Medical educators have an opportunity to participate in a new, first-of-its kind online medical education badge program at Boston University School of Medicine (BUSM). The BUSM+ Medical Education Badge Program (BUSM+Program) allows access to online faculty development in medical education and allows course graduates to display and share earned digital competency badges on social media, CVs and portfolio websites. The program is considered to be a form of digital micro-credentialing.
“The BUSM+ Program takes the concept of digital badging and applies it for an audience of health care providers (practicing and retired physicians, fellows, residents, medical students and healthcare teams) who may have missed educational courses in their professional career and are now teaching, or those healthcare providers who want to enhance their existing teaching skills,” explained Gail March, PhD, Assistant Professor of Medical Sciences & Education as well as Director of Instructional Design and Faculty Development at BUSM who founded the program.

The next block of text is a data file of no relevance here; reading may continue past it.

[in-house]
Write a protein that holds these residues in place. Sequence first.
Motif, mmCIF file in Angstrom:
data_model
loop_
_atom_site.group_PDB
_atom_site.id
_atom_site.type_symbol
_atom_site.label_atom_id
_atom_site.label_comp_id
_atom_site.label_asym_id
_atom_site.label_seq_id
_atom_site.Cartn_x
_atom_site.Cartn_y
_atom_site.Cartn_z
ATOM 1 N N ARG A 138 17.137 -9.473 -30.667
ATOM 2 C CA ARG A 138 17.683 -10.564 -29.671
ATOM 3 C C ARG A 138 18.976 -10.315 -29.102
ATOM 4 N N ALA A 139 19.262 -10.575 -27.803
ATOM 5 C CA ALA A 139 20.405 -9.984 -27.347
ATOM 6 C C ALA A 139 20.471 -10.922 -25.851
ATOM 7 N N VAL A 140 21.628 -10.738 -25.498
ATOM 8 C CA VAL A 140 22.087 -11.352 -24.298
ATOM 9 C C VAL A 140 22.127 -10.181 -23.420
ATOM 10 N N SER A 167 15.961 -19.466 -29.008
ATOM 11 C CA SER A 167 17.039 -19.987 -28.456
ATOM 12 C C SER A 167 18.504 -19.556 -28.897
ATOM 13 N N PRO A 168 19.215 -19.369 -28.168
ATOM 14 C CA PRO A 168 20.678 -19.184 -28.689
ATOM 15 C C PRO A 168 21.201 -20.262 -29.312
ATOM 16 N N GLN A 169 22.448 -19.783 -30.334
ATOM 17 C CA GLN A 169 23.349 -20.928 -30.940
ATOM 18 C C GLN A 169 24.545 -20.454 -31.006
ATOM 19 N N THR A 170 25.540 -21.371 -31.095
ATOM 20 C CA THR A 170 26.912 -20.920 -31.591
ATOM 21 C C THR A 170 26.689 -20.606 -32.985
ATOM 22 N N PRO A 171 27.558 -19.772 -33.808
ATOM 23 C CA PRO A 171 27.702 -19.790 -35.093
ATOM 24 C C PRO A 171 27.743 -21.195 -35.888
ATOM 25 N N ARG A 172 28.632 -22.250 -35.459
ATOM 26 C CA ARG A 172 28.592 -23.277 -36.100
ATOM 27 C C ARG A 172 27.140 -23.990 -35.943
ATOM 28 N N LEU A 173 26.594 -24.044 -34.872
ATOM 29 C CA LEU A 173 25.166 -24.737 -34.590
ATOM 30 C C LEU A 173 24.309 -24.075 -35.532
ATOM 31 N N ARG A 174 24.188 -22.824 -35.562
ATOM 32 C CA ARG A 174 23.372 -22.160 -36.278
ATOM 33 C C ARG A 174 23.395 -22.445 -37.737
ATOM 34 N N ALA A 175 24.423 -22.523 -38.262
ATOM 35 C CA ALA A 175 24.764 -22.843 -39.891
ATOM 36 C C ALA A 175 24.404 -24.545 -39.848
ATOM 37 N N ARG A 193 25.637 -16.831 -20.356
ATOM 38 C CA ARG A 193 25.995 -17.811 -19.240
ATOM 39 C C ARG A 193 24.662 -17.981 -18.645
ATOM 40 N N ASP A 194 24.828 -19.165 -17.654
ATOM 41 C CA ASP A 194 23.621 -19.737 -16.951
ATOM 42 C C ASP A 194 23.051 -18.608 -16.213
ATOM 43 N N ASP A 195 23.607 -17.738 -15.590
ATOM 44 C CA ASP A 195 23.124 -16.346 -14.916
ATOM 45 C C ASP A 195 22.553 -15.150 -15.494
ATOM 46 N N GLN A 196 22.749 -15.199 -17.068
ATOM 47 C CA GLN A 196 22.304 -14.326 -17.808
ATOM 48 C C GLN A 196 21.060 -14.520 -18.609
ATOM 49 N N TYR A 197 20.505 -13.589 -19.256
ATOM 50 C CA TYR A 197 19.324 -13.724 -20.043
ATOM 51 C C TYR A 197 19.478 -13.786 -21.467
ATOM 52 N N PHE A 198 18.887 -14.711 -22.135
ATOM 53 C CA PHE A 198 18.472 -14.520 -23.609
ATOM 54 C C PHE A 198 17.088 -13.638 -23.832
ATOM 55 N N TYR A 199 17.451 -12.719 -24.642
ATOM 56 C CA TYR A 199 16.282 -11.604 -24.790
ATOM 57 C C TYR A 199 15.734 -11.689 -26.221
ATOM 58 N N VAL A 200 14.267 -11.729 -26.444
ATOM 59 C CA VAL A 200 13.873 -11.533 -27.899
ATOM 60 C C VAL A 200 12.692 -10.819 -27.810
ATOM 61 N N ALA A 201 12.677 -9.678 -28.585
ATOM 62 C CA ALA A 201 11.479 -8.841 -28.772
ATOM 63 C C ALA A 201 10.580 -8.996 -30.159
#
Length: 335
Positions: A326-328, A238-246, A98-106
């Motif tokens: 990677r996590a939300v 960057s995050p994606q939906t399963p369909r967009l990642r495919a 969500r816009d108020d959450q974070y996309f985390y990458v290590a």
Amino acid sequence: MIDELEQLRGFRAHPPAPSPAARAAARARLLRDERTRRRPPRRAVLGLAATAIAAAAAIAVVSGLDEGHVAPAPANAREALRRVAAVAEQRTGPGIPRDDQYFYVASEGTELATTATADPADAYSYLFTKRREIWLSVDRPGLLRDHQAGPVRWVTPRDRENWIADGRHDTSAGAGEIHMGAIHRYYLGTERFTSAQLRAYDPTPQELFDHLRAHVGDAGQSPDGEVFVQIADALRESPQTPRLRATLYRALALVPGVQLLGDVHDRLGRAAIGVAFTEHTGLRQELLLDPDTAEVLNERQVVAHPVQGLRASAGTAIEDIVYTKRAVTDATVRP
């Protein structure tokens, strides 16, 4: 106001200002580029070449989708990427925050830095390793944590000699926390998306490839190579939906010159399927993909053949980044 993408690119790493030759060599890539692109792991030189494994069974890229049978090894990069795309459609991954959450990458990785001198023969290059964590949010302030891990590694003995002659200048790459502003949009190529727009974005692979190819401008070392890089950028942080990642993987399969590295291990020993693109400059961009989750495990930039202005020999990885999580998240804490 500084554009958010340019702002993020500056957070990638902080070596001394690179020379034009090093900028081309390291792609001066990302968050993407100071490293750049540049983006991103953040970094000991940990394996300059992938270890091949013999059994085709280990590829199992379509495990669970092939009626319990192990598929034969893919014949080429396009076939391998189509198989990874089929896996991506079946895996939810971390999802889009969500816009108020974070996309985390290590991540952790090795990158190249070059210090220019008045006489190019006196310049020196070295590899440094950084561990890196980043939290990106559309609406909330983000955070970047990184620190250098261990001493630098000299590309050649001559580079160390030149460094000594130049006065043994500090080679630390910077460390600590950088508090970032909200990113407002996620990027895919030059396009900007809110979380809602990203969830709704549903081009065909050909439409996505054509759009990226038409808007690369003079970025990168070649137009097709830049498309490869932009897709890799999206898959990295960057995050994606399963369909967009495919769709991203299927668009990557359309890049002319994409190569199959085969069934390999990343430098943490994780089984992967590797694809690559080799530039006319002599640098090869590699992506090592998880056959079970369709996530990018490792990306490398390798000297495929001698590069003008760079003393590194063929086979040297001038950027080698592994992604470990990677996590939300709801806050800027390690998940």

According to March, the BUSM+ digital badge program is unique in that it is the first one for medical education faculty development. “There are faculty development programs available, but they are often very expensive and demand the health care provider leave their practice to attend. BUSM+ is available as an open (no application process), online, asynchronous program available 24/7 for a low cost,” she added.
This program is designed for practicing and retired health care professionals who educate other professionals, students and patients. Enrollees in the initial BUSM+Program course will review the fundamentals of teaching and learning. Three additional offerings are planned to follow the Teaching and Learning course including Curriculum Design, Academic Leadership and Medical Education Research.
BUSM+Program was funded earlier this year by an inaugural seed grant for online innovation from the Digital Learning Initiative at Boston University.